My parents don’t live too far away and so I pop round a couple of times a week (usually to be fed!). I had a nice surprise on my latest visit when my parents announced they’d been to Cranleigh and brought me back some lardy rolls.
Now I cannot begin to tell you how much I love lardy rolls. Smothered in butter and marmite that are a rare treat I adore!
A lot of people make the mistake of thinking is just a different sized lardy cake. It isn’t, it’s a completely different recipe. A lardy roll is a scone sized baked good. It has an almost doughy texture to it, much more moist than a roll or scone, closer to a crumpet but without the bitterness or rubberyness. Given the springy nature and the air pockets there’s a strong part of me that believes that it must use filo pastry. But I know very little about baking and could be completely wrong.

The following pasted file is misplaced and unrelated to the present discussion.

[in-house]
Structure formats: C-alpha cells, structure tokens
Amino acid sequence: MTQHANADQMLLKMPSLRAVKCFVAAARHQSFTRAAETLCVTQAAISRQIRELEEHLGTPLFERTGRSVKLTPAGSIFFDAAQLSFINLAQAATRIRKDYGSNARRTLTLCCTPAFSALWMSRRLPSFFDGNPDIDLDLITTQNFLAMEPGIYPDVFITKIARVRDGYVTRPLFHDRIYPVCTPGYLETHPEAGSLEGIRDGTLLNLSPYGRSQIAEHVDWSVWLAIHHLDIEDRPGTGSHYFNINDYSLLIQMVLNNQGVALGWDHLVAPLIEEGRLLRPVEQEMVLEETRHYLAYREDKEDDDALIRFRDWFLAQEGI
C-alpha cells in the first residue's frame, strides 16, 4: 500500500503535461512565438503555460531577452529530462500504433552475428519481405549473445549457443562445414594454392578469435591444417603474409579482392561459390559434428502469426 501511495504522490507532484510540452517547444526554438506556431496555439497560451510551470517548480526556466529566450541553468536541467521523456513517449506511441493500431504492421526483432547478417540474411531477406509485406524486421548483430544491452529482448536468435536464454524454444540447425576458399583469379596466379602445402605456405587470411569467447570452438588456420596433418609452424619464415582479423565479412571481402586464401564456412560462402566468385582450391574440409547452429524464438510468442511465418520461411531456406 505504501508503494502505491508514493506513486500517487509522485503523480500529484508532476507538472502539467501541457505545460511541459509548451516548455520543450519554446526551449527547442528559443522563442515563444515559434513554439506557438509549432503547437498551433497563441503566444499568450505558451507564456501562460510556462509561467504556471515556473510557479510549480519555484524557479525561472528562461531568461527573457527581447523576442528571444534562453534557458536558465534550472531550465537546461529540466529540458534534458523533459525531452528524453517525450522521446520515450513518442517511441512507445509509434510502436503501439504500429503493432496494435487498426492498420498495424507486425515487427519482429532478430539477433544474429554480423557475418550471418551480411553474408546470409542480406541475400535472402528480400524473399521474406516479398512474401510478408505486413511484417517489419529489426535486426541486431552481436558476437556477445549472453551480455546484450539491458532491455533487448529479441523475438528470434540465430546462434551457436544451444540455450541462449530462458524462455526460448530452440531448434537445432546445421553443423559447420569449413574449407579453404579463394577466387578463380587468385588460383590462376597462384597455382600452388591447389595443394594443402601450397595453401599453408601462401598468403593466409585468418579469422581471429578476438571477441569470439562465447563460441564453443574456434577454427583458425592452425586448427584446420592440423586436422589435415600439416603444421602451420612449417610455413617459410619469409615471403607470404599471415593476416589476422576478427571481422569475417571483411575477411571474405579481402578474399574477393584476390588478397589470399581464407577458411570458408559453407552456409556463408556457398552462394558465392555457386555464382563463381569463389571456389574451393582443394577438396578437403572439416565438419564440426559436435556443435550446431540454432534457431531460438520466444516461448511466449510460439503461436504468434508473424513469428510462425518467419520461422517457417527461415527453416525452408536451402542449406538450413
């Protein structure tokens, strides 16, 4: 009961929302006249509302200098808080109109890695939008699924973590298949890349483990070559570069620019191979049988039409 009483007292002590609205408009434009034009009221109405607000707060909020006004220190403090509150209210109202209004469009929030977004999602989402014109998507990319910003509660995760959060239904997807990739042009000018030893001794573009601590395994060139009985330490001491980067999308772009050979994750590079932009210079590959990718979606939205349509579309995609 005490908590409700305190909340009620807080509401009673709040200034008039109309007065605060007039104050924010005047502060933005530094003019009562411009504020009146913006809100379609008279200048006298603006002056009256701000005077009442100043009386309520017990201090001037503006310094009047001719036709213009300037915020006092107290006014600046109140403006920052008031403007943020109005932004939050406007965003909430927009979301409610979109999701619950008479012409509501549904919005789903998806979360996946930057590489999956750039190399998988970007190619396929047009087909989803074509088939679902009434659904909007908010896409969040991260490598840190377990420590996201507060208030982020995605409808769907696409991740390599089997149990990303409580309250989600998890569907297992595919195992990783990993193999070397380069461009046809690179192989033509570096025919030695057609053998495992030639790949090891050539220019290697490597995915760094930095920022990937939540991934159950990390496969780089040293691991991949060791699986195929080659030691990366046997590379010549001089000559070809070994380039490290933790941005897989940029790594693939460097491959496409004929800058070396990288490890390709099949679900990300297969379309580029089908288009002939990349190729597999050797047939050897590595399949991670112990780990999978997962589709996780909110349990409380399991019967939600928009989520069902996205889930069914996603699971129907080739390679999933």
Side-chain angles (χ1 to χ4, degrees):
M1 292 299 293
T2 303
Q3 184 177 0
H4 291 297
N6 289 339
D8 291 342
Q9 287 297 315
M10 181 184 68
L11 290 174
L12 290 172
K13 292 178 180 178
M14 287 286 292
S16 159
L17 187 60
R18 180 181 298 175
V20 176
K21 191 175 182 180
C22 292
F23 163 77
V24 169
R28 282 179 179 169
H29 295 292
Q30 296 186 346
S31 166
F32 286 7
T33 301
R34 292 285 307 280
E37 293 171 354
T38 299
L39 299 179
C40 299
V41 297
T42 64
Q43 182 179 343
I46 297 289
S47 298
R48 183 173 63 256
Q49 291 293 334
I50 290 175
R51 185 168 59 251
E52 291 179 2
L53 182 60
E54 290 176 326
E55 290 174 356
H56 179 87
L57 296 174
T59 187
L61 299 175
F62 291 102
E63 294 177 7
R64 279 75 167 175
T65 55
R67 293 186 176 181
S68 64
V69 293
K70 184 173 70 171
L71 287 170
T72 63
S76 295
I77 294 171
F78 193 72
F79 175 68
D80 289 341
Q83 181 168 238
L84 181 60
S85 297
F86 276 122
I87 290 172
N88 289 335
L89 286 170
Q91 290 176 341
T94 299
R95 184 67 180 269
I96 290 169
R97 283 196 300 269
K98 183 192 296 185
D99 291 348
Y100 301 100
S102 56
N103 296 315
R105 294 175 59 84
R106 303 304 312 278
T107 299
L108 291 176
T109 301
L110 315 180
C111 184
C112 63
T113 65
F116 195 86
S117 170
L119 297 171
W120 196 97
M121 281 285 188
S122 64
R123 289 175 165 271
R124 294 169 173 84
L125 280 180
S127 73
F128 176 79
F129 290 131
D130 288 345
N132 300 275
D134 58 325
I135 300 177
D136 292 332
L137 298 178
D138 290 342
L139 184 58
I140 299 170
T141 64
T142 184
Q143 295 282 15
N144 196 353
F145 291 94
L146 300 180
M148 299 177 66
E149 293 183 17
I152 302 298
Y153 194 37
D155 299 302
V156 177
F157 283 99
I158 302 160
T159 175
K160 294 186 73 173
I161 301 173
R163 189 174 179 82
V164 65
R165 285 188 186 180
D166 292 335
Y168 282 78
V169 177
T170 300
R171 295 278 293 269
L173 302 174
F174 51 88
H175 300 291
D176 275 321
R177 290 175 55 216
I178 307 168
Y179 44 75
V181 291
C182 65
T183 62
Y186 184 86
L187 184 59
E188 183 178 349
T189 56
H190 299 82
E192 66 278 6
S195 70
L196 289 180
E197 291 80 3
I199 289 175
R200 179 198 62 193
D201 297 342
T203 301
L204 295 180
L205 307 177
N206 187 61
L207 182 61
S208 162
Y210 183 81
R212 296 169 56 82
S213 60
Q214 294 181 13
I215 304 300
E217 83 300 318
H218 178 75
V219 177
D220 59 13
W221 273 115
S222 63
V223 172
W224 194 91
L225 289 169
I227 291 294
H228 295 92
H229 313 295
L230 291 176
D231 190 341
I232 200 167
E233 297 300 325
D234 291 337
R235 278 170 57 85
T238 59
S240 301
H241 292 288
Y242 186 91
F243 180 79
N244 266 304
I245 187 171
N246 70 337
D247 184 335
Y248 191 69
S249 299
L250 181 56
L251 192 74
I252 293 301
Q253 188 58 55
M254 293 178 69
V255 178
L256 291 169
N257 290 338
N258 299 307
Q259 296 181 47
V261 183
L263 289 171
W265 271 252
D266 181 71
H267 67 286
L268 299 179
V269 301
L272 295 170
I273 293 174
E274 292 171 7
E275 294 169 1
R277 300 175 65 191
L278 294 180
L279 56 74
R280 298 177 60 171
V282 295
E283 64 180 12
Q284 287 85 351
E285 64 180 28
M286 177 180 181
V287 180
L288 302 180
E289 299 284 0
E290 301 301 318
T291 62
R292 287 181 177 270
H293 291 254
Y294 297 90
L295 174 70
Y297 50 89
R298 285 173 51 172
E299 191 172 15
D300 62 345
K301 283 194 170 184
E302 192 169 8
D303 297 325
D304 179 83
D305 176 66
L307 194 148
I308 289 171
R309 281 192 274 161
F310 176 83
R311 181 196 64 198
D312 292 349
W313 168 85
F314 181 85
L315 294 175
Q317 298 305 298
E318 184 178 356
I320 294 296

It used to be that you could get them from Bakers all over Surrey, but as they’ve closed down over the years, so stockists have dwindled. The only place you seem to be able to get them now is in a baker in Cranleigh, Surrey.
As well as a number of friends who remember them fondly, I’ve spent a lot of time researching the lardy roll as it seems that it is in danger of being lost. Whilst I believe the baker in Cranleigh has handed things onto his son and with it the recipe, they do seem slightly different. I can find very few references to it in history outside Surrey and West Sussex which has lead me to believe it was a local delicacy around the 1920s and 30s. All references to it, mark it as exceptional (“their lardy rolls were particularly good”).
Whilst I think if I had them too regularly, they’d lose their appeal I do worry that one day we’ll go to Cranleigh and the baker’s will be closed down. I don’t want to see him lose his revenue and will happily frequent and supply him with business for years to come, I just want to know that future generations will be able to sample the wonder of the lardy roll!